Which raises another question – why are there Furies in Ascension? We’re presumably talking about the Greek Furies, right, so why have they migrated and holed up in Tit-Cold, Maine to punish the local yokels? Why do they imply that it’s where they originally came from? Are there Furies for every city? State? Geographical region? Is Ascension just special? Who the Hell names a town Ascension, anyway? And if you think that last question is totally unrelated, just wait. I bet you ten bucks that by the end of the series it won’t be. You don’t give your town a name that pretentious unless you intend for it to be significant in the long run.
Anyway, the point is that you can get away with divine retribution for the petty – and serious – high school stuff when there’s a character invoking it. But when the divine just randomly decide to involve themselves in teenage drama? That’s when the suspension of disbelief gets stretched. Even the characters realize this, with our heroine Emily raising this very point, but the only response we get is “I dunno but it sucks, and that’s why we have to kill them.”
I dunno about you guys, but the lack of perspective shown here when it comes to the crimes the main characters are being punished for and the conflicts they face really bother me. The characters wallow in the significance of stupid high school drama without really learning to rise above it. It caters to the “high school drama is SRS BSNS” mentality that teenagers seem to have, and while they are the target audience, it bothers me that nobody ever realizes how irrelevant stupid high school popularity/reputation bullshit really is. By the time we get to the point in the plot where this lesson should be learned, the character’s attention is drawn away from this by the overarching plot and we never get back to it. In fact, our heroine pretty much comes out of her “fall from grace” with her popularity still intact. In that respect, I don’t think she’s learned a damn thing.
And what kind of message does this send to teenage girls about their sexuality and self-worth? I mean Christ, isn’t even suggesting that making out with your bff’s boyfriend deserves divine retribution just adding fuel to the fire? Not to mention other sexist implications, what with the girl being targeted before the guy for the exact same crime, despite the fact that he has a history of cheating and being a douche. Or is Emily just being punished for lusting after said boy, while he has to physically go through with it to trigger retribution? Or do the Furies just figure that Em has more culpability, because, you know, she’s the girl and the best friend and she’s supposed to be loyal?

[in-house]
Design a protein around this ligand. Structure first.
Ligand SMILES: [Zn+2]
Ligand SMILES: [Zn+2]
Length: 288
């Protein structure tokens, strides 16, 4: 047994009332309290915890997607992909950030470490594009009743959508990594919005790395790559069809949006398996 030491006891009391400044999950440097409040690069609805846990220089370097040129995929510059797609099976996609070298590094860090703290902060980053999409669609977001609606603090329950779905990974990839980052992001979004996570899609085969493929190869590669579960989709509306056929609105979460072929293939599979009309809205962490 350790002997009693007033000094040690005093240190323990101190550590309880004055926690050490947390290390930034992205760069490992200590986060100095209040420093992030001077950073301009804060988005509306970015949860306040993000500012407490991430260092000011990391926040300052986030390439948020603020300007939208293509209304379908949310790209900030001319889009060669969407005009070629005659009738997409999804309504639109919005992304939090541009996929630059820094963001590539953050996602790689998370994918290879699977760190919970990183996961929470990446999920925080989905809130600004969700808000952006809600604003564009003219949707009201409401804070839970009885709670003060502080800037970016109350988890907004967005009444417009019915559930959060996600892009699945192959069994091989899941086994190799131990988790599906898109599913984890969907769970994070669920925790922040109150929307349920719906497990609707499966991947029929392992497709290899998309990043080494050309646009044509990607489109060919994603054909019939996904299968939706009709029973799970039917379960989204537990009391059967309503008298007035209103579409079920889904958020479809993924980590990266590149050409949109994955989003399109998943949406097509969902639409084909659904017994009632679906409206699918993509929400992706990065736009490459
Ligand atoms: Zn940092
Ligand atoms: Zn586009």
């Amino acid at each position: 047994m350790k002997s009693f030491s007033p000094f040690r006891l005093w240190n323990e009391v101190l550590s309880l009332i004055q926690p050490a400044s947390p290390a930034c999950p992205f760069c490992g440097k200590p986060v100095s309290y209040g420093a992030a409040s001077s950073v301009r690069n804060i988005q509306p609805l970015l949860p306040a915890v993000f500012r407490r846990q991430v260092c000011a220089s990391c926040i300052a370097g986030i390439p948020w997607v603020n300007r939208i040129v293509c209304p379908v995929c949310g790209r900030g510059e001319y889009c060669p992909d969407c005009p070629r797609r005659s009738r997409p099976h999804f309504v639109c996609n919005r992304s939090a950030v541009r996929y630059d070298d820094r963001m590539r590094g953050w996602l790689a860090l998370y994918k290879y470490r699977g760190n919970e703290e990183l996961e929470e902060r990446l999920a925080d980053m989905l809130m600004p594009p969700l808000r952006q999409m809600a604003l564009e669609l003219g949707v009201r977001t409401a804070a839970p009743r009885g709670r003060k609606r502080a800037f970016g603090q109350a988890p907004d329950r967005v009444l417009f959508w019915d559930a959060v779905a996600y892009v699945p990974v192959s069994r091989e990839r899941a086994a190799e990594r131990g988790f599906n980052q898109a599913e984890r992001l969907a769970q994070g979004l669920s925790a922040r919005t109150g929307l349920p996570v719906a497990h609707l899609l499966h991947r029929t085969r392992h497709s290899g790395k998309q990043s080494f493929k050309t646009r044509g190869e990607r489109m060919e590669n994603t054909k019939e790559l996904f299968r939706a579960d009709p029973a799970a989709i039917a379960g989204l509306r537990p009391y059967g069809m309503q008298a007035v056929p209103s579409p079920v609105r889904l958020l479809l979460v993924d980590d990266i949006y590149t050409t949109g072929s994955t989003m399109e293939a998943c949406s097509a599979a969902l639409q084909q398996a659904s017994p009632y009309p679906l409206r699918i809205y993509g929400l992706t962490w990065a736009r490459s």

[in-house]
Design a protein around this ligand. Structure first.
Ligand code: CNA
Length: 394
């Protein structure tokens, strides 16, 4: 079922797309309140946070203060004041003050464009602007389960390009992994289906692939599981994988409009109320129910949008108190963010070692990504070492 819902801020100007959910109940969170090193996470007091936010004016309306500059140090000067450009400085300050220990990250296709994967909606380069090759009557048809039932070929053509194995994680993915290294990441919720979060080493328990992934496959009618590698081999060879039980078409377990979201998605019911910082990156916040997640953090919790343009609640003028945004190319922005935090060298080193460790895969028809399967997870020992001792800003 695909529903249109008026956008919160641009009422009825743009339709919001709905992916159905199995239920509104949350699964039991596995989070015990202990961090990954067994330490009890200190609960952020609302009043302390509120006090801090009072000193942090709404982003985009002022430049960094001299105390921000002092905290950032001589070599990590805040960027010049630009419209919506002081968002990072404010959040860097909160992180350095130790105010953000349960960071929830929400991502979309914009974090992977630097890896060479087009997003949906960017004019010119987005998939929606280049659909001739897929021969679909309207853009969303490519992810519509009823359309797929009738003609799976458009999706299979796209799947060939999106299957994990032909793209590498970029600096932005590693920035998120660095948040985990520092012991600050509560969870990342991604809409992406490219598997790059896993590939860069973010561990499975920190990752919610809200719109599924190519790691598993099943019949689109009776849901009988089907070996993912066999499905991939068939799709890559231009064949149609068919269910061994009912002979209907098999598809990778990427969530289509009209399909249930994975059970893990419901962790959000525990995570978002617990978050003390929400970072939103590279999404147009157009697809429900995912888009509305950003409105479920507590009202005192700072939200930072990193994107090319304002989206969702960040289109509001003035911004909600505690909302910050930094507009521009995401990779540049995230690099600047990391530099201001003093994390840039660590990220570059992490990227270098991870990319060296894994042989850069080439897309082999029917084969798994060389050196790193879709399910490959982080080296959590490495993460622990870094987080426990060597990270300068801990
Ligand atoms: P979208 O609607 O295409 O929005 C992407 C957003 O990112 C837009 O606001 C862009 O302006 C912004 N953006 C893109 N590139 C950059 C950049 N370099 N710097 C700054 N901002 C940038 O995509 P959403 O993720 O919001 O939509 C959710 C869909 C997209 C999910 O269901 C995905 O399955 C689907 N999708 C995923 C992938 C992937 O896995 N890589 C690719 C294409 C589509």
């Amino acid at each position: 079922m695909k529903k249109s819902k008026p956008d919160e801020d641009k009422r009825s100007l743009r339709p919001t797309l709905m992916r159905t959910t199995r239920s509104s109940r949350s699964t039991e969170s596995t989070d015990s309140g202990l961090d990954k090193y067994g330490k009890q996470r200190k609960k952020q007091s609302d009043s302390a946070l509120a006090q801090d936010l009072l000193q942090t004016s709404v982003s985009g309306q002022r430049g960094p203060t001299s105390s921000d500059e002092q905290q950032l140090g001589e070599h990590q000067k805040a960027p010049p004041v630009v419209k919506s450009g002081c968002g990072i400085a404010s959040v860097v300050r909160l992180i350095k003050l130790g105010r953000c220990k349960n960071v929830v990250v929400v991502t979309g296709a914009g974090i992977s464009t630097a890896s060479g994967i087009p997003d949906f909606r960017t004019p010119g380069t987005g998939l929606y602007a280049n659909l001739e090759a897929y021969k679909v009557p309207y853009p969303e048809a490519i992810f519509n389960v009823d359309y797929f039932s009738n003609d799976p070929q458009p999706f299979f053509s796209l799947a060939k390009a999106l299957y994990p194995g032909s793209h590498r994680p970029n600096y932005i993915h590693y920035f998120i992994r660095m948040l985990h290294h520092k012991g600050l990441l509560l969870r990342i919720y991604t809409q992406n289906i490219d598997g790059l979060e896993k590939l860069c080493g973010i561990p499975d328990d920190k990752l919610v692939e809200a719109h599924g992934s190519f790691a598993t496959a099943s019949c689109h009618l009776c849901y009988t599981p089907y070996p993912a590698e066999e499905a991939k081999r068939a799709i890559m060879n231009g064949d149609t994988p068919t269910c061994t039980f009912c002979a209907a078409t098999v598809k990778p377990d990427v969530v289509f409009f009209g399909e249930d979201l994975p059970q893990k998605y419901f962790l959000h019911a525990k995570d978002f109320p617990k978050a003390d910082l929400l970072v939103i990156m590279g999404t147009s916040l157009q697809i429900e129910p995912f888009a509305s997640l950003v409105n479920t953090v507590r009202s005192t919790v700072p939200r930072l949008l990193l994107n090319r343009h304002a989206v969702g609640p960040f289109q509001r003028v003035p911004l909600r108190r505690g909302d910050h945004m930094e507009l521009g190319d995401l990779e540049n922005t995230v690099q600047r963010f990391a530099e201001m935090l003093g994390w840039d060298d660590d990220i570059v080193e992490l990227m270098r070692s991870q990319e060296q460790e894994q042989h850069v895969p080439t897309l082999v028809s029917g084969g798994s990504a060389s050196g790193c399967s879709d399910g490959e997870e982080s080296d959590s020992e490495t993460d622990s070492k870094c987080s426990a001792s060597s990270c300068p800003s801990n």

Or, more likely, did the author just want a heroine who might by some stretch of the imagination “warrant punishing”, but also be painted in a sympathetic, victimized light? Either way, ugh.
So far this applies mostly to Emily’s transgressions, because admittedly, Chase’s had a far more serious impact. But even there I have issues. I’m not trying to undersell the impact of high school bullying, and I know that kids have actually killed themselves because of things that were going on in school, but once again Fury exploits the situation for drama while doing very little to put it into perspective. The girl’s suicide attempt is a plot device, and very little more.
I’m also definitely not one to say that people who participate in bullying shouldn’t be held accountable for the impact of their words on another human being, but jeeze, Fury, murdering the bully? That’s a bit much, especially in this specific case, where the guy was half in love with the girl he humiliated, and had been hurt by her before.
Emily’s punishment was just as serious, though, despite the difference in severity of crime; Chase lost his life, and the Furies intended for Emily to lose hers, as well, or that of the boy she loved (who, by the way, had absolutely nothing to do with her cheating). Yeah. Totally seems fair.